The witness of trees in uncertain times
According to a 16th-century rumor, as doomsday preachers prophesied the end of times, Martin Luther replied to a question about how to live in the face of apocalyptic collapse—to live in a society on fire with plagues and famines, with political revolt and religious upheaval. “If I knew the world would end tomorrow,” Luther responded, “I would plant a tree this afternoon.”
Last year I planted a tree in our backyard. A black gum, Nyssa sylvatica. The species is native to the eastern regions of North America. Up the coast in New York, arborists have documented clusters of them that are more than 500 years old. My black gum will grow into maturity long after my body returns to the dust.
At least that’s my hope: for the tree to experience several centuries of life. It’s a modest hope, but it seems increasingly audacious with every new climate report and every trivial response from our elected leaders, their cruel negligence of earthly life. I plant and water even though our future feels like guesswork. We add saplings for the sake of the beauty of the earth, even if that beauty is fleeting. We flood the streets with protest, even as politicians double down on their shilling for the fossil fuel industry. An ethical life, as we confront an environmental apocalypse, is a prayer we offer with our bodies—marching as supplication, planting as invocation. My sapling is a hope against hope, as the apostle Paul wrote, to believe in the God who calls into existence possibilities that do not exist: impossible futures.
During the last years of the Second Temple period, as the people of Jerusalem longed for a messianic interruption of Rome’s violent occupation, the esteemed rabbi Yohanan ben Zakkai spoke about trees. “If you have a sapling in your hand and they tell you that the Messiah has arrived,” he said, “first plant the sapling and then go out to greet him.” In a world of revolutionary fervor and apocalyptic hope, Zakkai turned his people’s attention to a tree and the soil.
Overlooking my sapling in the backyard, the arms of an old willow oak stretch a canopy of leaves across the sky. The tree is at least 150 years old, an arborist told me a while ago. I wish I knew how to ask the oak what it has witnessed over those years—to ask, for example, what those days, weeks, and months after the Emancipation Proclamation sounded like as Black residents freed themselves from White enslavers, a time when liberation wafted into the heavens, the neighborhood trees alive with the breath of hope.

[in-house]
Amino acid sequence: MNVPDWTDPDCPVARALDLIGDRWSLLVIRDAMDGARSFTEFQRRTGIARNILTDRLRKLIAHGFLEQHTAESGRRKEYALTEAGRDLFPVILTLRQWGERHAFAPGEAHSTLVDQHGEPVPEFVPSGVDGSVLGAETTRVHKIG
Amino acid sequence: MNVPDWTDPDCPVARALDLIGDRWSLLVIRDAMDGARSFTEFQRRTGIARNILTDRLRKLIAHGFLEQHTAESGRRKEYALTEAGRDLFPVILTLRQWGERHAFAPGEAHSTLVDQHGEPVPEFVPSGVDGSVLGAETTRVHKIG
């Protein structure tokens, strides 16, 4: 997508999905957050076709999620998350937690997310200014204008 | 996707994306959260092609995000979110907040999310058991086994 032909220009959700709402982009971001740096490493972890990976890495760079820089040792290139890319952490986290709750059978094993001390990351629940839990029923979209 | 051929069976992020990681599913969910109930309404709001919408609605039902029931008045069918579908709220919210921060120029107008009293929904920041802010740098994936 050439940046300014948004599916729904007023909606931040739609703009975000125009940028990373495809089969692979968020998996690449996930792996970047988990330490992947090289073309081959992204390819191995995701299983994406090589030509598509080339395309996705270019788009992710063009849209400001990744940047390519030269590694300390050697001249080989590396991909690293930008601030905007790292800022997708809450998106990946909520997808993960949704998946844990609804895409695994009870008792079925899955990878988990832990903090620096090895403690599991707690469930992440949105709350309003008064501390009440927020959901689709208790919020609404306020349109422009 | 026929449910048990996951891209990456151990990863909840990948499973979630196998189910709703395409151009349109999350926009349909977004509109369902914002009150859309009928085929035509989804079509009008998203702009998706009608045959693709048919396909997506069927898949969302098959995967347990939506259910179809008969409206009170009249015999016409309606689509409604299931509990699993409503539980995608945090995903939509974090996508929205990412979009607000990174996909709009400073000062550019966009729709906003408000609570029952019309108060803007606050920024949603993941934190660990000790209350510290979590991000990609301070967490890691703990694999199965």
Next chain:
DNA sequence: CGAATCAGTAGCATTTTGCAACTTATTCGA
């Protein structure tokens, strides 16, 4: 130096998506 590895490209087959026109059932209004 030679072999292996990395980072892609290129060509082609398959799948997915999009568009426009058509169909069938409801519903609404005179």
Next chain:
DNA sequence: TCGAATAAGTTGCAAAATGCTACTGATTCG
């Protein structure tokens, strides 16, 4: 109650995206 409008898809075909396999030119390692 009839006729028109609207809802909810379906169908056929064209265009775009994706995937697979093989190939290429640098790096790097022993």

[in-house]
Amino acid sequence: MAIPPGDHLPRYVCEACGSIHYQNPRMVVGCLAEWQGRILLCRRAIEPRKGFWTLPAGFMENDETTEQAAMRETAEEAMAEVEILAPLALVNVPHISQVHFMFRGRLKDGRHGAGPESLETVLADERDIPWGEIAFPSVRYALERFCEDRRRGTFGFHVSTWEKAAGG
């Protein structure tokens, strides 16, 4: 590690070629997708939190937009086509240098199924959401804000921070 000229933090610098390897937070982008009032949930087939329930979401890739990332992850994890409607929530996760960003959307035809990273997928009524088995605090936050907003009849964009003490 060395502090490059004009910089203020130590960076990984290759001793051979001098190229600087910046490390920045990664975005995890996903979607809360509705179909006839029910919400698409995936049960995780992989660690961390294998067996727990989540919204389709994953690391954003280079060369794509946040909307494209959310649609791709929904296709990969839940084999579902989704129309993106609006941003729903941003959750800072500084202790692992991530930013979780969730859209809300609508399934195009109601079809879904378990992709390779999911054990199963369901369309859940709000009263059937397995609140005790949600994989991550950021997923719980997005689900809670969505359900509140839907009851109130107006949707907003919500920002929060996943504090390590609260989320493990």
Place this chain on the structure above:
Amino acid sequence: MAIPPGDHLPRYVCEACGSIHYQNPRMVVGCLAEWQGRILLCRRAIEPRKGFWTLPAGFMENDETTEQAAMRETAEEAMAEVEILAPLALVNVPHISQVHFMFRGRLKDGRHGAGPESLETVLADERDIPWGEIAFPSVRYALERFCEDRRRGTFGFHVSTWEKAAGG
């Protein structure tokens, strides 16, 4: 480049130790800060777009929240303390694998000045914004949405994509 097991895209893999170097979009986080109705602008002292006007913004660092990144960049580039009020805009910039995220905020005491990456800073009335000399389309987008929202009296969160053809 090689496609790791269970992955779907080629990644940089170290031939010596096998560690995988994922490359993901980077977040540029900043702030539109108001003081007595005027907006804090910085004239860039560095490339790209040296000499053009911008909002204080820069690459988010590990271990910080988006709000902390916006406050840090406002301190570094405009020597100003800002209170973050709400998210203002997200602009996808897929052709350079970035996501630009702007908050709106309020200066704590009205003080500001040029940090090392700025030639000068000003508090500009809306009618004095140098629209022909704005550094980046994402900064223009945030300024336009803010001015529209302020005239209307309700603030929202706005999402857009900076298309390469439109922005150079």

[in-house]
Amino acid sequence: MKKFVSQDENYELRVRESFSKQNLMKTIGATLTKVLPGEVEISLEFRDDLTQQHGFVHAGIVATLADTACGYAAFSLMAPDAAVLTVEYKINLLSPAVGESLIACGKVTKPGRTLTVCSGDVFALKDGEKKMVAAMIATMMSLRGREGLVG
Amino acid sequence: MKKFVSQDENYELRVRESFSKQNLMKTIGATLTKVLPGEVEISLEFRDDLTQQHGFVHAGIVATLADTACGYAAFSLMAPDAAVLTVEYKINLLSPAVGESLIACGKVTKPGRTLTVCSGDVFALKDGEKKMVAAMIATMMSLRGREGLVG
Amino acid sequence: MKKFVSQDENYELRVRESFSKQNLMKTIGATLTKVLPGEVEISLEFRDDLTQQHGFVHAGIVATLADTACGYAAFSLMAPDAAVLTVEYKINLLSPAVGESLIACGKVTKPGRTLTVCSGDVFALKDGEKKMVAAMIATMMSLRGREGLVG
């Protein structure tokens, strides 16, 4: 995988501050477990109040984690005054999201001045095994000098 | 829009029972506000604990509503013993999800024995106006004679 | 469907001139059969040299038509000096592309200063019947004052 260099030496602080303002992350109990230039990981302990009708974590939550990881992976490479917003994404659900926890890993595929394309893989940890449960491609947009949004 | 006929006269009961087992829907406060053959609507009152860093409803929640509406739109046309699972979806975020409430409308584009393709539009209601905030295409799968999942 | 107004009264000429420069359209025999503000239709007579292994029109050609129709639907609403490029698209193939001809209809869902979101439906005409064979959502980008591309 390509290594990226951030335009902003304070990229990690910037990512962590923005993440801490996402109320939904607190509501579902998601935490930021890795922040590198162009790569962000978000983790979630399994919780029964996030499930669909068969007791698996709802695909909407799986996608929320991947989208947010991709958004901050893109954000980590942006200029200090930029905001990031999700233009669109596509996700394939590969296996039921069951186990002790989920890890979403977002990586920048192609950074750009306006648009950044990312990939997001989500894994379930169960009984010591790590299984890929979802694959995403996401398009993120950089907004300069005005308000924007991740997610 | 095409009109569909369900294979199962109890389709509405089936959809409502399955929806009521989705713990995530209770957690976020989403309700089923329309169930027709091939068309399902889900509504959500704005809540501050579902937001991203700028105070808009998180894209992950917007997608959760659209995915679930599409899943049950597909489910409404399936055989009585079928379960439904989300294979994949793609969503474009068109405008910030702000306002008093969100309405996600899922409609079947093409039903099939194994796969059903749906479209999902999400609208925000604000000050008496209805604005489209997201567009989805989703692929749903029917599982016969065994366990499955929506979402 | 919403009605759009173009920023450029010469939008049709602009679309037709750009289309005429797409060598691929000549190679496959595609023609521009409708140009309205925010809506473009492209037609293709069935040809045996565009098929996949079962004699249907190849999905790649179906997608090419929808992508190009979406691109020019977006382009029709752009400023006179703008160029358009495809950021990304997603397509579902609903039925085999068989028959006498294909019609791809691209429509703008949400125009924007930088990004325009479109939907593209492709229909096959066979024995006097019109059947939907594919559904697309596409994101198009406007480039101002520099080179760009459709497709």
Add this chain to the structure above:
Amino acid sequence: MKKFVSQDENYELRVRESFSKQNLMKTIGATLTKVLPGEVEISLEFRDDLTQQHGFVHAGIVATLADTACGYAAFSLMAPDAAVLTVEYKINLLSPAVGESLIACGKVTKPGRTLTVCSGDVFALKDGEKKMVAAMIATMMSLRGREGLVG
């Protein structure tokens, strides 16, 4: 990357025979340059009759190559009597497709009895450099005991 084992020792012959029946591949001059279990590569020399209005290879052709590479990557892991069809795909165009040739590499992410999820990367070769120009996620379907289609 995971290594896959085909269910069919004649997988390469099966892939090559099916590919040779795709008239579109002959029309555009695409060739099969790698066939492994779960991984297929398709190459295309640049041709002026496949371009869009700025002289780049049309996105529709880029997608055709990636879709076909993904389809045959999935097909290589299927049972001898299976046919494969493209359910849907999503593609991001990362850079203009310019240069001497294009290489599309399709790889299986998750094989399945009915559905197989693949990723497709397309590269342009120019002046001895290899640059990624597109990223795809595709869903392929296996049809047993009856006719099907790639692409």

I first thought about trees as witnesses to our lives when I noticed the single oak in the background of Andrei Rublev’s 15th-century icon The Trinity. The image depicts Abraham and Sarah offering hospitality to the three visitors who turn out to be God “by the oaks of Mamre” (Gen. 18:1). At the top edge of the frame, an oak bends over the three divine visitors who sit around a table below. The bushy tree leans toward them as if listening, as if watching, as if drawn into the perichoresis, a communion of breath drifting through the air. The ancient oak bears witness to Sarah and Abraham’s theophany.
In 2016 I visited the holy site where pilgrims have long journeyed to venerate Mamre’s oaks. A mile west of the old city of Hebron/Al-Khalil, on the outskirts of an industrial zone, the weathered remnants of a rugged tree—buttressed with metal braces—stand outside the doors to the Church of the Holy Forefathers on the grounds of the Russian Orthodox Monastery of the Holy Trinity. A monk welcomed me to the compound and escorted me up the hill to the vestige of the scene in Genesis. I walked slowly around the tree, then around again, lost in wonder. What does it mean for this holy landscape, this dead witness, to bear the traces of that visitation long ago?
The monk opened the creaky church door and invited me to wander through the sanctuary. As he lit candles, the icons on the walls flickered to life. My eyes followed the shimmer from one depiction of the scene at Mamre to another—icons of icons, each resplendent in a sacred aura, the Trinity and the tree.
Outside, as we walked back down the hill, I asked the young monk how long he’ll live here. “The rest of my life,” he said, “if there is no war.” As he blessed me with a farewell, I glimpsed the silhouette of the dead oak on the hill behind him, and I remembered an old story, a medieval rumor: that when the last oak of Mamre withers and dies, then the end of the world will begin.
Since my visit, the monks have noticed a slender stem poking from the decayed wood—one green sprout, then another. The ancient roots, dormant for some time but now enlivened, have awakened hungry for the sun. The tree has not given up being a witness. It has not given up on us, even if our human civilization seems to have given up on the health of the planet. The oak at Mamre—like the oak in my backyard, like saplings everywhere—remains, bearing witness and reminding us of God’s visitations.